Foreign Minister Javad Zarif’s sudden offer to step down has shocked Iran’s political establishment and people, with many expressing worry the move could derail efforts to save a landmark nuclear pact.
Zarif announced late on Monday he would resign amid quarrels over Iran’s foreign policy as well as a global struggle to preserve the 2015 nuclear deal, in which Tehran agreed to curb its nuclear programme in exchange for sanctions relief.
Fighting between parties and factions in Iran is a “deadly poison” to formulating foreign policy, Zarif said in an interview published by the Jomhuri Eslami newspaper on Tuesday, suggesting he may have resigned over pressure from hardline elements opposed to his role in negotiating the nuclear deal.
“We first have to remove our foreign policy from the issue of party and factional fighting,” Zarif said in the interview. “The deadly poison for foreign policy is for foreign policy to become an issue of party and factional fighting,” he added.
Many in Iran were caught off-guard by his offer to resign, adding to the country’s state of uncertainty following Washington’s withdrawal from the nuclear accord in May last year.
“I extend my gratitude for the generosity that dear and brave people of Iran and its respected authorities have had during past 67 months,” Zarif wrote on his Instagram page on Monday.
“I humbly apologise for the inability to continue serving and for all the shortcomings during my service.”
Speaking to the state-run Islamic Republic News Agency (IRNA) on Tuesday, Zarif urged his colleagues at the foreign ministry not to quit.
His offer to resign was confirmed by deputy spokesperson for the foreign ministry, Seyyed Abbas Mousavi, IRNA reported. However, the presidential chief of staff, in a tweet, “strongly denied” that President Hassan Rouhani had accepted the resignation.
The president, in remarks on Tuesday, did not directly address Zarif’s resignation. Instead, Rouhani thanked the minister, describing him as at the front line of the battle against the US, according to IRNA.
Mike Pompeo, US secretary of state, responded to Zarif’s move, saying: “We’ll see if it sticks”. He added in a Twitter post: “Our policy is unchanged – the regime must behave like a normal country and respect its people.”
Israel’s Prime Minister Benjamin Netanyahu hailed the move, writing in a Twitter post: “Zarif is gone. Good riddance.”
Zarif’s offer to stand down came a few hours after an unprecedented visit of Syrian President Bashar al-Assad to Tehran and a meeting with Supreme Leader Ayatollah Ali Khamenei, followed by a visit to President Rouhani.
Zarif’s absence at the heavily-publicised meetings caught many by surprise.
Entekhab news website, which is believed to be close to Rouhani’s political camp, quoted Zarif as saying in a text message that “after the photos of today’s meetings, Javad Zarif will no longer have credibility in the world as the Foreign Minister”.
Entekhab also quoted an “informed source” as saying Zarif had not submitted his resignation formally and that talks were under way to dissuade him from the decision.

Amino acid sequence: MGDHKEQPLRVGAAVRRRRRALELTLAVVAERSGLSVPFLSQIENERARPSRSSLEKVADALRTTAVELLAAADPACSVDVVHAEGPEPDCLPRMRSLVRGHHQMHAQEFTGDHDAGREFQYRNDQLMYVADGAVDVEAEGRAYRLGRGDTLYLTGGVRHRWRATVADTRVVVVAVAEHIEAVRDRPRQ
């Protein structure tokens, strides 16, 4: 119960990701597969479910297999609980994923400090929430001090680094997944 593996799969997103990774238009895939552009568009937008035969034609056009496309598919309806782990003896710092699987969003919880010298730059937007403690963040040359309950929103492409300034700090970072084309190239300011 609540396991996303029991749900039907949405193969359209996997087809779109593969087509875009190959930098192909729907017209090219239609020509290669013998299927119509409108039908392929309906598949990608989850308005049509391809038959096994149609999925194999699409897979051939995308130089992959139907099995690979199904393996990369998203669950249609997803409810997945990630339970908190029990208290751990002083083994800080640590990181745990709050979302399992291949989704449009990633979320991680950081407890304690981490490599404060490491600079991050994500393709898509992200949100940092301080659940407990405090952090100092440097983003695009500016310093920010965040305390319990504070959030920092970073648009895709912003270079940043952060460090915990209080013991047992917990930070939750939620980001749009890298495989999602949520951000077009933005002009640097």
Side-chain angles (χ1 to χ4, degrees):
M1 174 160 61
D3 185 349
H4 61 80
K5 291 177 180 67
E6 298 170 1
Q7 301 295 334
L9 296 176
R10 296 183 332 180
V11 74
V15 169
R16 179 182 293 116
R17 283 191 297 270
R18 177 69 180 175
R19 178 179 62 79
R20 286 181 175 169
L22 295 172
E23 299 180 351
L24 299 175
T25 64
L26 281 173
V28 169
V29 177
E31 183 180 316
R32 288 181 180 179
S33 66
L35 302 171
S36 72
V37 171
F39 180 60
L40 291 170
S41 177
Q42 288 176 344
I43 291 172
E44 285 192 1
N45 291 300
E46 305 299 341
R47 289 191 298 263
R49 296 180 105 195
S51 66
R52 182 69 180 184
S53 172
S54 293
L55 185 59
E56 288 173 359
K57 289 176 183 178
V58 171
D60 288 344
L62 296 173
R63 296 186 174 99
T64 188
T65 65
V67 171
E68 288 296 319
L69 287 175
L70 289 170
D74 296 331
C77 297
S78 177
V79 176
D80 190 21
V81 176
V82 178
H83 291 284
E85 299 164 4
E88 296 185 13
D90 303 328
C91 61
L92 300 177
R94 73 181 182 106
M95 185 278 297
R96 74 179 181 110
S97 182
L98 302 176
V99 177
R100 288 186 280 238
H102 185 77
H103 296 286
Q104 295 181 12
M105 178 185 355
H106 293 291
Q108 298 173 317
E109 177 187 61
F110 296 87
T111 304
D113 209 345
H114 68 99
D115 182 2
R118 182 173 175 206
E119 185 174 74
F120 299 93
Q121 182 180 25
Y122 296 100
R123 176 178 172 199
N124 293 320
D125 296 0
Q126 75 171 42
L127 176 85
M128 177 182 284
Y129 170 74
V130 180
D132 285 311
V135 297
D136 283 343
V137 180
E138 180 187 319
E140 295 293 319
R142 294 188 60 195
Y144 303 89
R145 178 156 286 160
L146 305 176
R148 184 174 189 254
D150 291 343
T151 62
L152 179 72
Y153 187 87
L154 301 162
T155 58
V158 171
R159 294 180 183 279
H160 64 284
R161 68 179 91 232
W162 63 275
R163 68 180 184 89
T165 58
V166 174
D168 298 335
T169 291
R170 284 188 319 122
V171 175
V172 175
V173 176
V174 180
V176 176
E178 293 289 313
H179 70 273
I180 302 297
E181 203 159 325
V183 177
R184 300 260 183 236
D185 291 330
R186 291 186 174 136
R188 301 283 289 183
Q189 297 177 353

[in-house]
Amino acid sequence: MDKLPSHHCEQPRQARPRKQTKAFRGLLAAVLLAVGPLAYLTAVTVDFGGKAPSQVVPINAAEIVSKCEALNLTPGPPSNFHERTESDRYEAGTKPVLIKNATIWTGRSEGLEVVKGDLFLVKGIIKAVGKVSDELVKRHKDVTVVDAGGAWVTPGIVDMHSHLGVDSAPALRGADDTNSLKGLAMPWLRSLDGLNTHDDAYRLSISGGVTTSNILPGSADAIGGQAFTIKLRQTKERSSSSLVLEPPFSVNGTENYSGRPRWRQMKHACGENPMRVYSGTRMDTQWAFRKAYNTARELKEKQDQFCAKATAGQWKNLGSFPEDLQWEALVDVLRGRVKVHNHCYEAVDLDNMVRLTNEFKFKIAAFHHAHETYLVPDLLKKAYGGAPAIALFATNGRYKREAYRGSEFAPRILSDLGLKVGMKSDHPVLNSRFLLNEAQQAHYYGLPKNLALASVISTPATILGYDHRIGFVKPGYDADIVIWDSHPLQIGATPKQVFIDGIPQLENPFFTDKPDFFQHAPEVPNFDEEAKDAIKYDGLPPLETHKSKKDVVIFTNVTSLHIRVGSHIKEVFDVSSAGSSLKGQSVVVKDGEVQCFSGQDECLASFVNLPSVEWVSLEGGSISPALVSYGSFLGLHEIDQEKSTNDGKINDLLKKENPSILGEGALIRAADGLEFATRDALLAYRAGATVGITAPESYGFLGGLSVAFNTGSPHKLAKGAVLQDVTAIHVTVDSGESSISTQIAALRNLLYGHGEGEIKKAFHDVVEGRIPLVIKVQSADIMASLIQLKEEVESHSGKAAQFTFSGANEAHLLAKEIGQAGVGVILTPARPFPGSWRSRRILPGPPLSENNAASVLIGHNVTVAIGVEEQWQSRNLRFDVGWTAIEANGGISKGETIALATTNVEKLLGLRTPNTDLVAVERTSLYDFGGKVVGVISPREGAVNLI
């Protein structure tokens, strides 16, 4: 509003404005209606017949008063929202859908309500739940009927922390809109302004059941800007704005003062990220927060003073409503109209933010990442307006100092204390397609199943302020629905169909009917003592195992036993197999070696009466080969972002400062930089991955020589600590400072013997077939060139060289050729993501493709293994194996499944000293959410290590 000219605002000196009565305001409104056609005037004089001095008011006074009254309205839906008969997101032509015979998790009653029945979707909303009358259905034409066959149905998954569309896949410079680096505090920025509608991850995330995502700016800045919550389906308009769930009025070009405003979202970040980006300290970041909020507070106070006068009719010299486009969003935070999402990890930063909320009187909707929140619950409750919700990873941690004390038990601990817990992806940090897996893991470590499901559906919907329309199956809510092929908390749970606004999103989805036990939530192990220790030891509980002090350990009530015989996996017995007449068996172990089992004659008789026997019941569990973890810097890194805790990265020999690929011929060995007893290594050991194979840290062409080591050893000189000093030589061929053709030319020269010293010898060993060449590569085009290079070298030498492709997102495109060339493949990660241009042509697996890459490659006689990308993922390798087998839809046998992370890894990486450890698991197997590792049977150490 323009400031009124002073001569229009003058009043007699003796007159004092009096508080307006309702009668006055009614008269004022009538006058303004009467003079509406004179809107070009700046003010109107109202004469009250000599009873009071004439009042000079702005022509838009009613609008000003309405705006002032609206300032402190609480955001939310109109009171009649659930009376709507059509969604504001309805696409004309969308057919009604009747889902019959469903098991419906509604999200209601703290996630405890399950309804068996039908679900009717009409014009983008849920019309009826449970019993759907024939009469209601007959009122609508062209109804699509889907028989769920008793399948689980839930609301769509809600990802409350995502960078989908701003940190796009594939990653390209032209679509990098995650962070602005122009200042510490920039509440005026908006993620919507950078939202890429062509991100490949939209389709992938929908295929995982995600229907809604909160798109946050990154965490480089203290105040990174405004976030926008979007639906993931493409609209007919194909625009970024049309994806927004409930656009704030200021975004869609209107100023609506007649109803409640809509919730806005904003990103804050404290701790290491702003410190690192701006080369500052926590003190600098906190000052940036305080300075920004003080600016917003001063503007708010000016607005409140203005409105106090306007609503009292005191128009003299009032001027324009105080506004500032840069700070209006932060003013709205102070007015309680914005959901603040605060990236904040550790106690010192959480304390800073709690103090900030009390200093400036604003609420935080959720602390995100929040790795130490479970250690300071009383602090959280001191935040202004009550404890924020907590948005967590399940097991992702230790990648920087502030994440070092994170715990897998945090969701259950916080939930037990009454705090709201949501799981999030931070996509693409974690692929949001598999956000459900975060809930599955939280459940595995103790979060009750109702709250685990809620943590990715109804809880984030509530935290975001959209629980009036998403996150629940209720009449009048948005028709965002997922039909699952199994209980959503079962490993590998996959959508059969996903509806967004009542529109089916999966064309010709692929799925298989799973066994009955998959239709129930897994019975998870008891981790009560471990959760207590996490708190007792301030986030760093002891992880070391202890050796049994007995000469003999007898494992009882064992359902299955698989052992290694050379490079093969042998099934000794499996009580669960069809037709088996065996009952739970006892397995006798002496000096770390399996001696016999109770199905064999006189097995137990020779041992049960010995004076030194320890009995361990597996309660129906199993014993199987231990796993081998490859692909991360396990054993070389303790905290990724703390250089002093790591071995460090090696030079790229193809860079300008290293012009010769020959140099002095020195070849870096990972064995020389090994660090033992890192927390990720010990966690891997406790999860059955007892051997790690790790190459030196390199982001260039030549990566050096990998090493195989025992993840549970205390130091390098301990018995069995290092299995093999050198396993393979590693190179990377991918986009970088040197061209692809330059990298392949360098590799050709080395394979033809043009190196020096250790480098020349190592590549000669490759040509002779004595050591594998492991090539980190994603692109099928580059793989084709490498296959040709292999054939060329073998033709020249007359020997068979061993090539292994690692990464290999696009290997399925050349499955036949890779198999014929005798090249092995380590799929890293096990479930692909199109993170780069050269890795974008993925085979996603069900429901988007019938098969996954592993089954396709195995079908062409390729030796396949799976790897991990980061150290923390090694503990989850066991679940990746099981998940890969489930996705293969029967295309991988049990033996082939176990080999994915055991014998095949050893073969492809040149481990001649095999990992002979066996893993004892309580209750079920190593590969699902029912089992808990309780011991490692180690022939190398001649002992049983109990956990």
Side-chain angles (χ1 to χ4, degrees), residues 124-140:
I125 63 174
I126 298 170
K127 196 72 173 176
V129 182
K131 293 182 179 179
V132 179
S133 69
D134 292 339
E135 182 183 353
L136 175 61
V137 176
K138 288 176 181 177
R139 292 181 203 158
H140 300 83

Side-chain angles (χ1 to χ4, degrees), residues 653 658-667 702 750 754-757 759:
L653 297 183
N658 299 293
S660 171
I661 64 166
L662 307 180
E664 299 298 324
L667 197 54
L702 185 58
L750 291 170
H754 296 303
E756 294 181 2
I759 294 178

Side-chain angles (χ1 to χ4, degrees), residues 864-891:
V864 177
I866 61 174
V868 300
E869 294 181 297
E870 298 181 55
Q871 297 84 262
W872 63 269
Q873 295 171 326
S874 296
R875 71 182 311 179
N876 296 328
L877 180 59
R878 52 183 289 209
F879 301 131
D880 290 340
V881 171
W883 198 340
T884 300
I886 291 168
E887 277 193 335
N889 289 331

“Shock of Zarif’s resignation,” read the headline in big yellow letters on the front page of the reformist Arman-e Emrouz daily’s Tuesday issue.
The newspaper referred to a prolonged procedure in Iran’s Expediency Council to pass bills to reform the country’s anti-money laundering and terror financing regulations.
The international Financial Action Task Force (FATF) recently extended the deadline for Iran to fix its rules until June. Passing the bills is crucial for the establishment of international banking ties, notably with Europe.
In an effort to save the nuclear deal, Germany, Britain and France recently launched a financial entity to facilitate trade with Iran; it also hinges on FATF regulations.
Two remaining FATF bills have been stalled due to a seemingly unending debate between moderates and the hardliners both in parliament and the Expediency Council.
The FATF bills have put Zarif at odds with a part of the conservative camp, which the foreign minister has implicitly accused of being engaged in money laundering activities.
Coupled with crippling US sanctions, these efforts have slowed down the economic benefits of the nuclear deal, formally known as the Joint Comprehensive Plan of Action or JCPOA.
Iran’s economic indicators have been generating nothing but concern over the past months. Growth is dismal, the national currency has depreciated substantially and prices have soared.
‘Horrified and upset’
Many Iranians see Zarif’s resignation as yet another blow to the country’s struggle to overcome the sanctions.
Sepideh, 24, said she was “horrified and upset” when she heard the foreign minister had stepped down.
“I don’t have a good feeling,” she told Al Jazeera. “I worry that people, including my family, could fail to make ends meet in this situation.”
This comes at a time of growing pressure on Rouhani’s administration and his willingness to engage with the international community.
Hardline voices have been getting louder, calling for a change in political approach.
Esfandyar Batmanghelidj, the founder of Europe-Iran Business Forum, told Al Jazeera that if Zarif’s resignation were to be accepted, the functions of diplomacy could still be capably handled by his deputy at the foreign ministry, Abbas Araghchi, who has overseen much of the technical workaround implementation.
“But if Zarif’s departure signals that political tides within Iran are turning against the JCPOA in a more dramatic way, then this continuity may not matter,” Batmanghelidj said.
“However, the JCPOA is not a deal among governments but among states. The European parties to the deal will need to signal to Iran that they will stand by the deal even if Zarif departs, so long as that departure does not mean Iran’s own commitment is wavering,” he said.